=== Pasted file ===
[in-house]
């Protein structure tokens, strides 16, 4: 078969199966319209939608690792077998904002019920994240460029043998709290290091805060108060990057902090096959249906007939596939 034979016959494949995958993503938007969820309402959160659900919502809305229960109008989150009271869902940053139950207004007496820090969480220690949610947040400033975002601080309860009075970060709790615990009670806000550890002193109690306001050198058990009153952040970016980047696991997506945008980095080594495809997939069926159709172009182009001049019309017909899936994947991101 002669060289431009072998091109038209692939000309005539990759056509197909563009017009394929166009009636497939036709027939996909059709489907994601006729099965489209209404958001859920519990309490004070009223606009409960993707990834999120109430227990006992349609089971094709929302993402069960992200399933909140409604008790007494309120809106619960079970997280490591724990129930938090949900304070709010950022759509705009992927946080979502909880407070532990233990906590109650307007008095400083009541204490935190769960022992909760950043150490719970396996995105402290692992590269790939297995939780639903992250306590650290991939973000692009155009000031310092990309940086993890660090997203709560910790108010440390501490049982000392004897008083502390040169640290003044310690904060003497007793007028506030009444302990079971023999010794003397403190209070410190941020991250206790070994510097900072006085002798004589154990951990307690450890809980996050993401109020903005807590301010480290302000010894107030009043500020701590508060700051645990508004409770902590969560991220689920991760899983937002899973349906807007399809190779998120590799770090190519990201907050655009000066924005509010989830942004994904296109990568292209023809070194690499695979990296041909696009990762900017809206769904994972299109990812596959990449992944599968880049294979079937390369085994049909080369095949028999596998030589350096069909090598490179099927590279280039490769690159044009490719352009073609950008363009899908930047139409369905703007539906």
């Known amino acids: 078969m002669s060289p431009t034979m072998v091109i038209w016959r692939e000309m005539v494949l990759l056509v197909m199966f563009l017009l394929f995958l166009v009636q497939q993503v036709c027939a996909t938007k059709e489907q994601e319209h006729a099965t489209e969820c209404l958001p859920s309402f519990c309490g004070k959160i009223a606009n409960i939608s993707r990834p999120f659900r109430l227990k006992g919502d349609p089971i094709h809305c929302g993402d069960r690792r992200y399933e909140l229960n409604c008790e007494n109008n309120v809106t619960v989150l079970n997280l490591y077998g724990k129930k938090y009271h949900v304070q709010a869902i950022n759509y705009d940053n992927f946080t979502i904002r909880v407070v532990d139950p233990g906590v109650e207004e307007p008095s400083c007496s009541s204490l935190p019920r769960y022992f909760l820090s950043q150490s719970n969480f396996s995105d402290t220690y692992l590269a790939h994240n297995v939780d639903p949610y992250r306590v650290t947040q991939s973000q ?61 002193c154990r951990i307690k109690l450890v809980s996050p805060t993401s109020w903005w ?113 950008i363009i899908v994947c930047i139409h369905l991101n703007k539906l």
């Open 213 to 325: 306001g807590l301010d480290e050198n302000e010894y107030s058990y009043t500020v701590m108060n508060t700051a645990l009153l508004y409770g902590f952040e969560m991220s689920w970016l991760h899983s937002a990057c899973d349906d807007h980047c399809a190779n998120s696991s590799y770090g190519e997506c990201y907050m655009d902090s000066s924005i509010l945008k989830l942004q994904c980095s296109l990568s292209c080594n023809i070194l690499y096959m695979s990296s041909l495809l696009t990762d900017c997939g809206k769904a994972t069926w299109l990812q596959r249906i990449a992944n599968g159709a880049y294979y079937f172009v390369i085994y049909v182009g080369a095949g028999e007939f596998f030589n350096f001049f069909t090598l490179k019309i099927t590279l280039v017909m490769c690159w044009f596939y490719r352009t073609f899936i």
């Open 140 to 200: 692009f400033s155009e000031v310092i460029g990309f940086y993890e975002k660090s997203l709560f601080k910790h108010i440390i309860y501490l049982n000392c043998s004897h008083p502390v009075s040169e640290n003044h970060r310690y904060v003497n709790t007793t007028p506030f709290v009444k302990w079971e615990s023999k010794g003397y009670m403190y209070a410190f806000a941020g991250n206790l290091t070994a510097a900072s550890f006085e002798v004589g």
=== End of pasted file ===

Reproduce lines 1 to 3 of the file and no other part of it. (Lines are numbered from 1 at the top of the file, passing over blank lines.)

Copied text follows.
[in-house]
């Protein structure tokens, strides 16, 4: 078969199966319209939608690792077998904002019920994240460029043998709290290091805060108060990057902090096959249906007939596939 034979016959494949995958993503938007969820309402959160659900919502809305229960109008989150009271869902940053139950207004007496820090969480220690949610947040400033975002601080309860009075970060709790615990009670806000550890002193109690306001050198058990009153952040970016980047696991997506945008980095080594495809997939069926159709172009182009001049019309017909899936994947991101 002669060289431009072998091109038209692939000309005539990759056509197909563009017009394929166009009636497939036709027939996909059709489907994601006729099965489209209404958001859920519990309490004070009223606009409960993707990834999120109430227990006992349609089971094709929302993402069960992200399933909140409604008790007494309120809106619960079970997280490591724990129930938090949900304070709010950022759509705009992927946080979502909880407070532990233990906590109650307007008095400083009541204490935190769960022992909760950043150490719970396996995105402290692992590269790939297995939780639903992250306590650290991939973000692009155009000031310092990309940086993890660090997203709560910790108010440390501490049982000392004897008083502390040169640290003044310690904060003497007793007028506030009444302990079971023999010794003397403190209070410190941020991250206790070994510097900072006085002798004589154990951990307690450890809980996050993401109020903005807590301010480290302000010894107030009043500020701590508060700051645990508004409770902590969560991220689920991760899983937002899973349906807007399809190779998120590799770090190519990201907050655009000066924005509010989830942004994904296109990568292209023809070194690499695979990296041909696009990762900017809206769904994972299109990812596959990449992944599968880049294979079937390369085994049909080369095949028999596998030589350096069909090598490179099927590279280039490769690159044009490719352009073609950008363009899908930047139409369905703007539906």
């Known amino acids: 078969m002669s060289p431009t034979m072998v091109i038209w016959r692939e000309m005539v494949l990759l056509v197909m199966f563009l017009l394929f995958l166009v009636q497939q993503v036709c027939a996909t938007k059709e489907q994601e319209h006729a099965t489209e969820c209404l958001p859920s309402f519990c309490g004070k959160i009223a606009n409960i939608s993707r990834p999120f659900r109430l227990k006992g919502d349609p089971i094709h809305c929302g993402d069960r690792r992200y399933e909140l229960n409604c008790e007494n109008n309120v809106t619960v989150l079970n997280l490591y077998g724990k129930k938090y009271h949900v304070q709010a869902i950022n759509y705009d940053n992927f946080t979502i904002r909880v407070v532990d139950p233990g906590v109650e207004e307007p008095s400083c007496s009541s204490l935190p019920r769960y022992f909760l820090s950043q150490s719970n969480f396996s995105d402290t220690y692992l590269a790939h994240n297995v939780d639903p949610y992250r306590v650290t947040q991939s973000q ?61 002193c154990r951990i307690k109690l450890v809980s996050p805060t993401s109020w903005w ?113 950008i363009i899908v994947c930047i139409h369905l991101n703007k539906l």